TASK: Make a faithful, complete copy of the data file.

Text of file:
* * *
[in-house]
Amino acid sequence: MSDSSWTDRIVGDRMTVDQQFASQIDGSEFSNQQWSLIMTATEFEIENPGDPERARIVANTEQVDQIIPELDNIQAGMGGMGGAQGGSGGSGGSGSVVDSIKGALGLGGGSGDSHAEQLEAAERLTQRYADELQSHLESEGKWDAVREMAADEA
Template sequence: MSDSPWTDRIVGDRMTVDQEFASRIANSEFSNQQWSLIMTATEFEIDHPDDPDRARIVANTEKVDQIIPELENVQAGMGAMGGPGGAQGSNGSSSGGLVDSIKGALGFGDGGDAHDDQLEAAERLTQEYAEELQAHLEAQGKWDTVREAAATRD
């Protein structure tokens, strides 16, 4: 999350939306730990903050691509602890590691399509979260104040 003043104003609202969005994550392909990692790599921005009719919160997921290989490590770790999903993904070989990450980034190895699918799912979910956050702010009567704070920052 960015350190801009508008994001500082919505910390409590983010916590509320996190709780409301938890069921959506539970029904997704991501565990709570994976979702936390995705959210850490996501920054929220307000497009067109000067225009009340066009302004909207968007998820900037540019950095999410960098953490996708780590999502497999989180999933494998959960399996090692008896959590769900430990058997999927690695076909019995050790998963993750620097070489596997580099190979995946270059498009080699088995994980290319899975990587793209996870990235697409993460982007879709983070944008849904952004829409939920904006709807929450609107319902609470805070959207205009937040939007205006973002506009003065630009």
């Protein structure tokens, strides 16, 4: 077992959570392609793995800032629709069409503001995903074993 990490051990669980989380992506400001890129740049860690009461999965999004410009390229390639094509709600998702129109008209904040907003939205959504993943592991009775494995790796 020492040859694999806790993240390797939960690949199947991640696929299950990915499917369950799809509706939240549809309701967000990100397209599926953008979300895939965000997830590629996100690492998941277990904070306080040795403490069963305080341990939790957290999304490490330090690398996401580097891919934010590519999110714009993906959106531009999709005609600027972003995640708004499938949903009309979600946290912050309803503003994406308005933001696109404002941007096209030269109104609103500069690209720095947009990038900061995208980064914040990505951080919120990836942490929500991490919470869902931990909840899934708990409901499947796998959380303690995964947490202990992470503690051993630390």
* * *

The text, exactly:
[in-house]
Amino acid sequence: MSDSSWTDRIVGDRMTVDQQFASQIDGSEFSNQQWSLIMTATEFEIENPGDPERARIVANTEQVDQIIPELDNIQAGMGGMGGAQGGSGGSGGSGSVVDSIKGALGLGGGSGDSHAEQLEAAERLTQRYADELQSHLESEGKWDAVREMAADEA
Template sequence: MSDSPWTDRIVGDRMTVDQEFASRIANSEFSNQQWSLIMTATEFEIDHPDDPDRARIVANTEKVDQIIPELENVQAGMGAMGGPGGAQGSNGSSSGGLVDSIKGALGFGDGGDAHDDQLEAAERLTQEYAEELQAHLEAQGKWDTVREAAATRD
């Protein structure tokens, strides 16, 4: 999350939306730990903050691509602890590691399509979260104040 003043104003609202969005994550392909990692790599921005009719919160997921290989490590770790999903993904070989990450980034190895699918799912979910956050702010009567704070920052 960015350190801009508008994001500082919505910390409590983010916590509320996190709780409301938890069921959506539970029904997704991501565990709570994976979702936390995705959210850490996501920054929220307000497009067109000067225009009340066009302004909207968007998820900037540019950095999410960098953490996708780590999502497999989180999933494998959960399996090692008896959590769900430990058997999927690695076909019995050790998963993750620097070489596997580099190979995946270059498009080699088995994980290319899975990587793209996870990235697409993460982007879709983070944008849904952004829409939920904006709807929450609107319902609470805070959207205009937040939007205006973002506009003065630009």
């Protein structure tokens, strides 16, 4: 077992959570392609793995800032629709069409503001995903074993 990490051990669980989380992506400001890129740049860690009461999965999004410009390229390639094509709600998702129109008209904040907003939205959504993943592991009775494995790796 020492040859694999806790993240390797939960690949199947991640696929299950990915499917369950799809509706939240549809309701967000990100397209599926953008979300895939965000997830590629996100690492998941277990904070306080040795403490069963305080341990939790957290999304490490330090690398996401580097891919934010590519999110714009993906959106531009999709005609600027972003995640708004499938949903009309979600946290912050309803503003994406308005933001696109404002941007096209030269109104609103500069690209720095947009990038900061995208980064914040990505951080919120990836942490929500991490919470869902931990909840899934708990409901499947796998959380303690995964947490202990992470503690051993630390």